2015 Journalists of the Year Howie Severino, Marites Vitug and Nancy Carvajal show how

Journalism is a calling. If you’re in the industry to make money, journalism is not for you. That’s what Nancy Carvajal, an award-winning journalist who was once connected with the Philippine Daily Inquirer, told members of the media, information officers and bloggers who attended the digital journalism training organized by the Metrobank Foundation and Probe Media Foundation last July 8, 2016.

Many of those who joined the training nodded in agreement, not because they didn’t want to argue with the speaker, but because they themselves knew that it takes hard work and perseverance to become a top-notch journalist.

As Carvajal and two other veteran journalists—Marites Vitug of Rappler and Howie Severino of GMA Network— said, journalists can’t make things up. Big stories or scoops do not just land on a journalist’s lap, and every bit of information in a news story has to be factual, balanced and verified.

But technology has changed the media landscape. While some might say that nothing can replace the traditional way of gathering information, news gathering and reporting have changed over time. Today’s reporters and editors have a bunch of tools that could help them improve a story and present it in different approaches.

Severino said journalists of today have to learn new skills in order to maximize these new tools and write stories that are relevant to the audience, which, apparently, has also been transformed as the digital revolution takes center stage.

Here are some tips in producing and telling stories that hold readers’ attention based on the industry experts’ experiences.

1. Context is crucial.
One common mistake reporters commit when writing news is they take context for granted. They report as if the public already knows the background information, and assume that the readers follow their stories.

“In journalism, regardless of the platform, the objective is the same—to inform,” said Carvajal, but she stressed that while the journalists’ job is to write and present stories that are fair and accurate, it is also their responsibility to make the readers understand their reports.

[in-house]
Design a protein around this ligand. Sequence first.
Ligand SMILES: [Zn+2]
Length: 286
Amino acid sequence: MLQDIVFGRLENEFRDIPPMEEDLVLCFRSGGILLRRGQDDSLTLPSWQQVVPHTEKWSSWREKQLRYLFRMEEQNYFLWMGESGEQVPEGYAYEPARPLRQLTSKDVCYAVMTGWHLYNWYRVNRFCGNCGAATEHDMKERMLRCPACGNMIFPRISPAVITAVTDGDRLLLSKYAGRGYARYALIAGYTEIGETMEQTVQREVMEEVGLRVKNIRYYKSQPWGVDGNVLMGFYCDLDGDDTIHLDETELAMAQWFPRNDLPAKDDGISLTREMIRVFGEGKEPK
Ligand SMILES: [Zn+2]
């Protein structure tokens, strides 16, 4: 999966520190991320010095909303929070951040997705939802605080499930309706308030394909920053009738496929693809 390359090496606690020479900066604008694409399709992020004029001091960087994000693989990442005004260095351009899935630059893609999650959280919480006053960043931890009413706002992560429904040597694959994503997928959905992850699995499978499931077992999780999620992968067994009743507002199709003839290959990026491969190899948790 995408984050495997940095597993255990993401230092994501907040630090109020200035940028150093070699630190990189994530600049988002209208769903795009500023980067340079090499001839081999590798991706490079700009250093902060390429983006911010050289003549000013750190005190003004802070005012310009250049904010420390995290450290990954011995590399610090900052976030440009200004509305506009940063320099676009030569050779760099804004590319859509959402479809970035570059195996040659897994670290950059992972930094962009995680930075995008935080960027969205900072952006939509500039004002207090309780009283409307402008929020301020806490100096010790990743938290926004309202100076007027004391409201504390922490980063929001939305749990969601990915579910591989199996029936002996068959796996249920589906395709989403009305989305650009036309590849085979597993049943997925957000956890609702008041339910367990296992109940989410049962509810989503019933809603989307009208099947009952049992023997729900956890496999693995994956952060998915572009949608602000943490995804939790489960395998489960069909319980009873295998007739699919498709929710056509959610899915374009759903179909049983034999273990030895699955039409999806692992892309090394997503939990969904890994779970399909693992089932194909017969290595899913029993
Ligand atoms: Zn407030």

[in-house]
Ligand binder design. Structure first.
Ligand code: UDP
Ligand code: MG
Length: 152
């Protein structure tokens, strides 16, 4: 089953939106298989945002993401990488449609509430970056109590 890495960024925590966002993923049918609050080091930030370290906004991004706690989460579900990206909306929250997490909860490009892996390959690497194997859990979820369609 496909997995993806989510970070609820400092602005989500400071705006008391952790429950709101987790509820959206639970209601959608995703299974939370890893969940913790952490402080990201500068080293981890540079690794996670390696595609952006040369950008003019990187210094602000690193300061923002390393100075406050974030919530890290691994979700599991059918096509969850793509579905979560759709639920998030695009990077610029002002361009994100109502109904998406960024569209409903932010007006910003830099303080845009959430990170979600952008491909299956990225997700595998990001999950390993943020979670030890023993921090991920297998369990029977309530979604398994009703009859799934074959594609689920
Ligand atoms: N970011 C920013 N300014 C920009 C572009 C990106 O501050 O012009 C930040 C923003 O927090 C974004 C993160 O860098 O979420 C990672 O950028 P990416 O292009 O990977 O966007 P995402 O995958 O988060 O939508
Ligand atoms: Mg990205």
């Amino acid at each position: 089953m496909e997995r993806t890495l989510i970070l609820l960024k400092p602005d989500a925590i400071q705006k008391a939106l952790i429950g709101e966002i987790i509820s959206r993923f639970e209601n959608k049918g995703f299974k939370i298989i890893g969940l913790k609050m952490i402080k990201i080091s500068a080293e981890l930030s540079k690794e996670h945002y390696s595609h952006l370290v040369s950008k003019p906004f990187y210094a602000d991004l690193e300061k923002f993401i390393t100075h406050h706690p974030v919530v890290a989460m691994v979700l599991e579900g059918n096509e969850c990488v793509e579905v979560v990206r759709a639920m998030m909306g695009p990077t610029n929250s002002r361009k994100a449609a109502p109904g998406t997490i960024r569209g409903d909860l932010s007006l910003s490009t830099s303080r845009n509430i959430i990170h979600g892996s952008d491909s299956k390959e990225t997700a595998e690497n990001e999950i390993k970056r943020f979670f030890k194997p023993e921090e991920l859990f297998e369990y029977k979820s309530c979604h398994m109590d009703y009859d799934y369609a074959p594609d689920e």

How? By presenting the circumstances surrounding a statement, for example.

“If you write a breaking story based on quotes from a certain official, ask that official why he or she said it… With the digital age, it is now the duty of journalists to put this information gathered into context,” said Vitug.

INTERACTIVE. Howie Severino of GMA Network says the digital platform allows the use of various tools to engage readers. Instead of just writing a story on tax reform, for instance, GMA created a project that allows readers to calculate how much less income tax they would pay if tax reform bills in Congress were passed. (PHOTO FROM METROBANK FOUNDATION INC. FACEBOOK PAGE)

2. Think multimedia.
There are several ways to tell and make a story as engaging and compelling as possible. For Vitug, editor-at-large of Rappler, journalists can do timelines, fastfacts, podcast, infographics, Facebook Live, video blogs and documentaries, among others.

These different forms, she said, allow the audience to digest the information fast and easily. “Timelines, for example, are easy to read,” said Vitug.

But to tell a story effectively, reporters also have to learn to select which form works best for their reports. A slideshow or an audio by itself can tell a story, but the impact will be different if the two mediums are used to complement each other.